6. Whether or not they’re having sex, and to what degree. There doesn’t have to be a reason that you slept with so-and-so, and you don’t have to feel obligated to give an excuse for why you’ve been celibate.

7. Enjoying what would otherwise be called guilty pleasures because they’re “girly” things. They don’t have to be “guilty” pleasures, they can just be pleasures. You can enjoy getting your nails painted and wearing a skirt and re-watching 13 Going On 30 a thousand times without floundering in stereotypes.

8. “Looking like shit today.” Whenever a woman leaves the house looking anything less than airbrushed and runs into someone they know, they tend to feel the need to apologize for it. You don’t have to apologize to someone else for not being a certain way, you have to apologize to yourself for feeling like you had to in the first place.

9. Experimenting with sexuality. It doesn’t have to be because you were “lost and confused” or just “a wild crazy girl in college.” If you made out with a girl at a party because it was the cool thing to do, fine, if it was more than that, just call it for what it was.

10. Weight, because size actually does not determine what “a real woman” is or not.

11. Amount of makeup worn on any given day. If you want to rock it au naturale, you do that, you beautiful little thing, and if you want to work it like you’re in a drag show, you can do that too. Your face. Your rules.

12. Sometimes conventionally frowned upon clothing choices. You don’t have to say you wear leggings “because they’re so comfortable” or a really short dress because you’re just “being crazy tonight.” These things require no explanation, and you shouldn’t let other people pressure you into feeling as though they do.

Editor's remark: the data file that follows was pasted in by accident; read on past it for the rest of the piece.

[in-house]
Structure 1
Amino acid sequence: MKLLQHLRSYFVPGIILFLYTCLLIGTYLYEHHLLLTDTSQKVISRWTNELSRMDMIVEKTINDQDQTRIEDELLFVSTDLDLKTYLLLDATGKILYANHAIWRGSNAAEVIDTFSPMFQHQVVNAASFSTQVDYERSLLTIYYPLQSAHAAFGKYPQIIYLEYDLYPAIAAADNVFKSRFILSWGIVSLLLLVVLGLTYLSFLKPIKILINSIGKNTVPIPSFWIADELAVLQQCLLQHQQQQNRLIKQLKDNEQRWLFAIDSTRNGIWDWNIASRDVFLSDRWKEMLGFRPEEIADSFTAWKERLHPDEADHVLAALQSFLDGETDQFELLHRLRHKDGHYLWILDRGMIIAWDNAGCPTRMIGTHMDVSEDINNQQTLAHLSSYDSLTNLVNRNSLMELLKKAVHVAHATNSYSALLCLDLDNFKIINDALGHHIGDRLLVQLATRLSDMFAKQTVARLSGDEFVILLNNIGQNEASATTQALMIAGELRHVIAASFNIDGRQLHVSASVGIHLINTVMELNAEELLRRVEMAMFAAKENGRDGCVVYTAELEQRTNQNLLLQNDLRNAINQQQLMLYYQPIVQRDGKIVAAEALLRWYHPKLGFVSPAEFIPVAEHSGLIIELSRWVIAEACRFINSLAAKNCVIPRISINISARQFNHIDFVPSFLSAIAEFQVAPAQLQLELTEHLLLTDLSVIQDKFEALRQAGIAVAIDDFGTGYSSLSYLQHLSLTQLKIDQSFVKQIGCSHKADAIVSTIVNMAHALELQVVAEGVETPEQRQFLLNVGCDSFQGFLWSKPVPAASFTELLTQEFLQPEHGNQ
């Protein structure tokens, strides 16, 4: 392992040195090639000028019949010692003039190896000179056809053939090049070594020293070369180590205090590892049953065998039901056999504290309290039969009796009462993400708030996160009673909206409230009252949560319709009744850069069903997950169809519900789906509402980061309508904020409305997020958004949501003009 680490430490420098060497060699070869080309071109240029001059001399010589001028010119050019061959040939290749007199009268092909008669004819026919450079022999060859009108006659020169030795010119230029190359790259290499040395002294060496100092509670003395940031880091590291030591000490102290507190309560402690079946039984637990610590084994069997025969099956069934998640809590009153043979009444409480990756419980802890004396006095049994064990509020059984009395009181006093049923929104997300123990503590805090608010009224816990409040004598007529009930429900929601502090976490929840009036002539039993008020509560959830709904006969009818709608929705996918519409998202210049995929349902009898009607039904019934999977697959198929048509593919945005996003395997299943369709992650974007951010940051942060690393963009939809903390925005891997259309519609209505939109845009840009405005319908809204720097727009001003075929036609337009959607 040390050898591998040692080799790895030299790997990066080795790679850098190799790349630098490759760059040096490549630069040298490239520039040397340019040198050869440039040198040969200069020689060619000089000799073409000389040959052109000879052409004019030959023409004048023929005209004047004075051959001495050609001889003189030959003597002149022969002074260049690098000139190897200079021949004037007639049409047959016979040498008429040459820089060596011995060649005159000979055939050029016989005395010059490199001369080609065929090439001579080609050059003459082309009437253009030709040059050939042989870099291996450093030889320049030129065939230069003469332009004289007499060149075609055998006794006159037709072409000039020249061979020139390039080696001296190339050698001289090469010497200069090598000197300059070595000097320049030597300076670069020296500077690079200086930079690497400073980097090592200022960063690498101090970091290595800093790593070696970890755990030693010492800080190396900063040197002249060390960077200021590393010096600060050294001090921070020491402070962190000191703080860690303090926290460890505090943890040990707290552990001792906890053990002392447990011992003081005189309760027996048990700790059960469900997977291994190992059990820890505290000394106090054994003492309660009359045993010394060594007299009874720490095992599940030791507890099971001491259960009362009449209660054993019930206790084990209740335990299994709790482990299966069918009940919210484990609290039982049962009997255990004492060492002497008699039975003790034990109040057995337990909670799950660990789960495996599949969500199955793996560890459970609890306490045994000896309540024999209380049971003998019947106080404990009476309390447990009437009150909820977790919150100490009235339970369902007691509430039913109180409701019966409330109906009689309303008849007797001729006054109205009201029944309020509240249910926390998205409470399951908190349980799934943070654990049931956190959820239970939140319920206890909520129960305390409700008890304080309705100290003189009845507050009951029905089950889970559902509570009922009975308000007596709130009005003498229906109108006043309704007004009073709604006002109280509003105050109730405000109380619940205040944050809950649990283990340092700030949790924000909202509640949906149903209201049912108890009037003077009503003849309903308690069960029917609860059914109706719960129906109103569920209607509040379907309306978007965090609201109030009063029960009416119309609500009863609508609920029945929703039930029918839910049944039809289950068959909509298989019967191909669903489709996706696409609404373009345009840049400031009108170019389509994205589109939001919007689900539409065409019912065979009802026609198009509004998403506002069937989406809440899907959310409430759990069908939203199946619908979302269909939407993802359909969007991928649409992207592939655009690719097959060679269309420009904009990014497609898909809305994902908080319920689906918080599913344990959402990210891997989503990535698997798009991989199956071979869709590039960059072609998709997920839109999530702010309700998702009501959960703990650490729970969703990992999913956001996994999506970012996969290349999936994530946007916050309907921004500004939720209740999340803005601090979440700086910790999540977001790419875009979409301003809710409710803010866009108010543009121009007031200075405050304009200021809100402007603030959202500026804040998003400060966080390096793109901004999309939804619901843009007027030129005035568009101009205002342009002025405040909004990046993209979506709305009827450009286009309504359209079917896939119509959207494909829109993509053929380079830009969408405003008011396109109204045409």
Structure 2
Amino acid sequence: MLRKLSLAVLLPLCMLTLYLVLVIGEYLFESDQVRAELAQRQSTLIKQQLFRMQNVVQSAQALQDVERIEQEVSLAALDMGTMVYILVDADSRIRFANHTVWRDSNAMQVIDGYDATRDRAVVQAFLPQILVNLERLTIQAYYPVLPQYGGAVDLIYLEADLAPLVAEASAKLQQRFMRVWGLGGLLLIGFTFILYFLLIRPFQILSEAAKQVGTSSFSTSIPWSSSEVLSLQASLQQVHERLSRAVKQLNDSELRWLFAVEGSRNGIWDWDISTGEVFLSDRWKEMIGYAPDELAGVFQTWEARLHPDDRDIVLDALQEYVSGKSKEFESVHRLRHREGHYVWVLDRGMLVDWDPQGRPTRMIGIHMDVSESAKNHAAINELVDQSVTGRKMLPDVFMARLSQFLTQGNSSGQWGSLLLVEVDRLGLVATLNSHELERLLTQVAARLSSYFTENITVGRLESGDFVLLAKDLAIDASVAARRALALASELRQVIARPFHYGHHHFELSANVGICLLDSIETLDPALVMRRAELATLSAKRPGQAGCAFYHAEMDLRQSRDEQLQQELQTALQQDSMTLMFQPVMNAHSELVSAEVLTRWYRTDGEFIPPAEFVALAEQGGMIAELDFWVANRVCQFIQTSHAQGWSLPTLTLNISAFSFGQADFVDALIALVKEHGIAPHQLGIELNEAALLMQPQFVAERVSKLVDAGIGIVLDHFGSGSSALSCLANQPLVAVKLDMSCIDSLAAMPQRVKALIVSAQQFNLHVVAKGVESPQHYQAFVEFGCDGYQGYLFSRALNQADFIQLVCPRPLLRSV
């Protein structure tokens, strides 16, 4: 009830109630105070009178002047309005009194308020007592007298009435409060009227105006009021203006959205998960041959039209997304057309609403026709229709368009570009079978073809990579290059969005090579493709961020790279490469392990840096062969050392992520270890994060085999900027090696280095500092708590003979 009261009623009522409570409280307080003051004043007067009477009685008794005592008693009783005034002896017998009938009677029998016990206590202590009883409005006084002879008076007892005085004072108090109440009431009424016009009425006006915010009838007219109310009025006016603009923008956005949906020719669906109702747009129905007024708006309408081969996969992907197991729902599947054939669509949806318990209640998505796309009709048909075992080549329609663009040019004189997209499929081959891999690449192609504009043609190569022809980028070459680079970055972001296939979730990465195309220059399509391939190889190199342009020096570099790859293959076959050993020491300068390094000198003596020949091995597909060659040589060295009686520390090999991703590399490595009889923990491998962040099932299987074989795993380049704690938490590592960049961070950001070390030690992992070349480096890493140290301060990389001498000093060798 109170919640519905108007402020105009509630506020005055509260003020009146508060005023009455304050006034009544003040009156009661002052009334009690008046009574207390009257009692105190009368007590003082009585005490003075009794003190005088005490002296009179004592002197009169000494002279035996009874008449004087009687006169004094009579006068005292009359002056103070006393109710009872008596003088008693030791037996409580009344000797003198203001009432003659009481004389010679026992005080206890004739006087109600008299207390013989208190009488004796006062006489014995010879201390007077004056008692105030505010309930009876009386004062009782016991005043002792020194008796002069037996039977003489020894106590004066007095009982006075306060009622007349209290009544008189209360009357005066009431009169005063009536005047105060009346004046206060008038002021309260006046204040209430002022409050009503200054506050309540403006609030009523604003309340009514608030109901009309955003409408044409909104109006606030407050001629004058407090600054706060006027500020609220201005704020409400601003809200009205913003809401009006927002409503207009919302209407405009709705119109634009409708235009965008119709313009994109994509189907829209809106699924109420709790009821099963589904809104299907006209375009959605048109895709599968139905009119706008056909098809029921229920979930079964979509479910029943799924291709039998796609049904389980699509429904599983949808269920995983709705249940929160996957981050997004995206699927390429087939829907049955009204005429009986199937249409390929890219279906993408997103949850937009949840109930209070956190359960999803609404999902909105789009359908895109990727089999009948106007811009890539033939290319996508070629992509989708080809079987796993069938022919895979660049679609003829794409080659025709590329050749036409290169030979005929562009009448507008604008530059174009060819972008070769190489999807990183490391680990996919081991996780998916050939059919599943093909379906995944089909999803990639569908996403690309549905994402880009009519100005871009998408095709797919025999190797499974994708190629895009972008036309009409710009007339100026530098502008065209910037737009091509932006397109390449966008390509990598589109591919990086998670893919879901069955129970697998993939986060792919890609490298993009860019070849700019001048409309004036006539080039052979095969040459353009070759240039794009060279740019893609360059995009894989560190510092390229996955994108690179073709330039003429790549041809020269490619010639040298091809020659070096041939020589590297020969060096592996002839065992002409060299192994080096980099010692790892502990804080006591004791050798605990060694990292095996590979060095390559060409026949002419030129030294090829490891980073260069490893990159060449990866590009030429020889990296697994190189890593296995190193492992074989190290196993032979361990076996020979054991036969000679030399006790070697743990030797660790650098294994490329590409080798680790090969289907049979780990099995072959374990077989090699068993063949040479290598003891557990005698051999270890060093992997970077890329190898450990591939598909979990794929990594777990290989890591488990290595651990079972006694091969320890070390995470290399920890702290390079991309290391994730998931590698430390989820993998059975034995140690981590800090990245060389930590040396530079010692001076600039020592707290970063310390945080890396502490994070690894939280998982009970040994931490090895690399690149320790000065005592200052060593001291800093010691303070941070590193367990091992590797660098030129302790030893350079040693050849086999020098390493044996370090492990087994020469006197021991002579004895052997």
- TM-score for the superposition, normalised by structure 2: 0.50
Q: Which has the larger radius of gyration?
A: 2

13. Being upset about something that warrants an emotional response. You don’t have to apologize for feeling something or acting out on it if it’s real to you. The people who judge you for being a human being, and not being ultimately demure and emotionless and in your place, are the ones who need to apologize.

14. Moving for a relationship if one is invested and ready… or just putting a relationship first if it’s a healthy and happy thing or something you want/need to work on. There’s a big difference between being dismissive and walked on and stepping up and taking part as an equal in a relationship, a role that usually requires compromising and effort.

15. Wanting to get married young.

16. Not wanting to get married young.

17. Attractiveness despite something. You don’t have to justify your so-called-imperfections with that which you like about yourself– you aren’t attractive because you have great hair despite being a little overweight. You can be attractive without fitting into social conventions of it. The beauty continuum scale was constructed to make us all feel like shit and buy a lot of products to fix that. But beautiful is as beautiful does.

18. Passing social deadlines for things. Who cares if you’re 35 and as single as you were 15 years ago? Life doesn’t start when someone or something comes along and then society says it can. You don’t have to make excuses as to why you aren’t married or with child or working a traditional 9-5. Our lives weren’t meant to be scripted the same way. When you adopt someone else’s narrative, it’s because you aren’t hearing your own clearly enough. TC Mark

Original Post on Thought Catalog by Brianna Wiest

Happy Monday Folks!! xoxo

Not Just a Girl…

When/If I have a daughter I pray she understands much more than what Disney has to offer. I want her to understand much more than the typical love story of the damsel in distress, that needs a man to save her. I pray she knows that women can do anything they want, absolutely anything. Not to undermine Disney. I haven’t a problem with Disney at all. I can’t even count how many times I watched Aladdin as a kid. I just hope that she is influenced by other women as well. History making women.